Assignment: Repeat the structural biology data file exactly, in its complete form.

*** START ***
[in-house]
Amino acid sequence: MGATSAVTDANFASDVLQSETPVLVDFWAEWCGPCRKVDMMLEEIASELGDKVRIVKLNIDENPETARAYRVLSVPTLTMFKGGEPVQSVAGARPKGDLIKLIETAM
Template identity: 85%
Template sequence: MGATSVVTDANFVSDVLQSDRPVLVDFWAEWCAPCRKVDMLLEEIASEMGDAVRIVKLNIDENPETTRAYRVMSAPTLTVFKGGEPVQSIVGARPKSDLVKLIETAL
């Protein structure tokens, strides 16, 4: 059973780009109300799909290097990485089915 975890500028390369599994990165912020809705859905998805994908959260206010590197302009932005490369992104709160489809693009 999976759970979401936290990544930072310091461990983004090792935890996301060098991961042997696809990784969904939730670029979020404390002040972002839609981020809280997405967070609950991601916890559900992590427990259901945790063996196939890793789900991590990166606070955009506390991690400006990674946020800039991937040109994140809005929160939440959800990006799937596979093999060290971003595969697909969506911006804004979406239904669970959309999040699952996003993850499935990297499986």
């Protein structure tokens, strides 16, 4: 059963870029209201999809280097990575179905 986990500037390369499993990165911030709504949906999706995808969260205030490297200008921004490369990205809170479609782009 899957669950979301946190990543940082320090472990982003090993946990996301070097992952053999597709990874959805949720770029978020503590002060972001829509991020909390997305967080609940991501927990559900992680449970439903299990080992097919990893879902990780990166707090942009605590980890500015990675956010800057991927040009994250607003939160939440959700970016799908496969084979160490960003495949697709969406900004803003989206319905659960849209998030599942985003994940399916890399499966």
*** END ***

[in-house]
Amino acid sequence: MGATSAVTDANFASDVLQSETPVLVDFWAEWCGPCRKVDMMLEEIASELGDKVRIVKLNIDENPETARAYRVLSVPTLTMFKGGEPVQSVAGARPKGDLIKLIETAM
Template identity: 85%
Template sequence: MGATSVVTDANFVSDVLQSDRPVLVDFWAEWCAPCRKVDMLLEEIASEMGDAVRIVKLNIDENPETTRAYRVMSAPTLTVFKGGEPVQSIVGARPKSDLVKLIETAL
């Protein structure tokens, strides 16, 4: 059973780009109300799909290097990485089915 975890500028390369599994990165912020809705859905998805994908959260206010590197302009932005490369992104709160489809693009 999976759970979401936290990544930072310091461990983004090792935890996301060098991961042997696809990784969904939730670029979020404390002040972002839609981020809280997405967070609950991601916890559900992590427990259901945790063996196939890793789900991590990166606070955009506390991690400006990674946020800039991937040109994140809005929160939440959800990006799937596979093999060290971003595969697909969506911006804004979406239904669970959309999040699952996003993850499935990297499986």
């Protein structure tokens, strides 16, 4: 059963870029209201999809280097990575179905 986990500037390369499993990165911030709504949906999706995808969260205030490297200008921004490369990205809170479609782009 899957669950979301946190990543940082320090472990982003090993946990996301070097992952053999597709990874959805949720770029978020503590002060972001829509991020909390997305967080609940991501927990559900992680449970439903299990080992097919990893879902990780990166707090942009605590980890500015990675956010800057991927040009994250607003939160939440959700970016799908496969084979160490960003495949697709969406900004803003989206319905659960849209998030599942985003994940399916890399499966």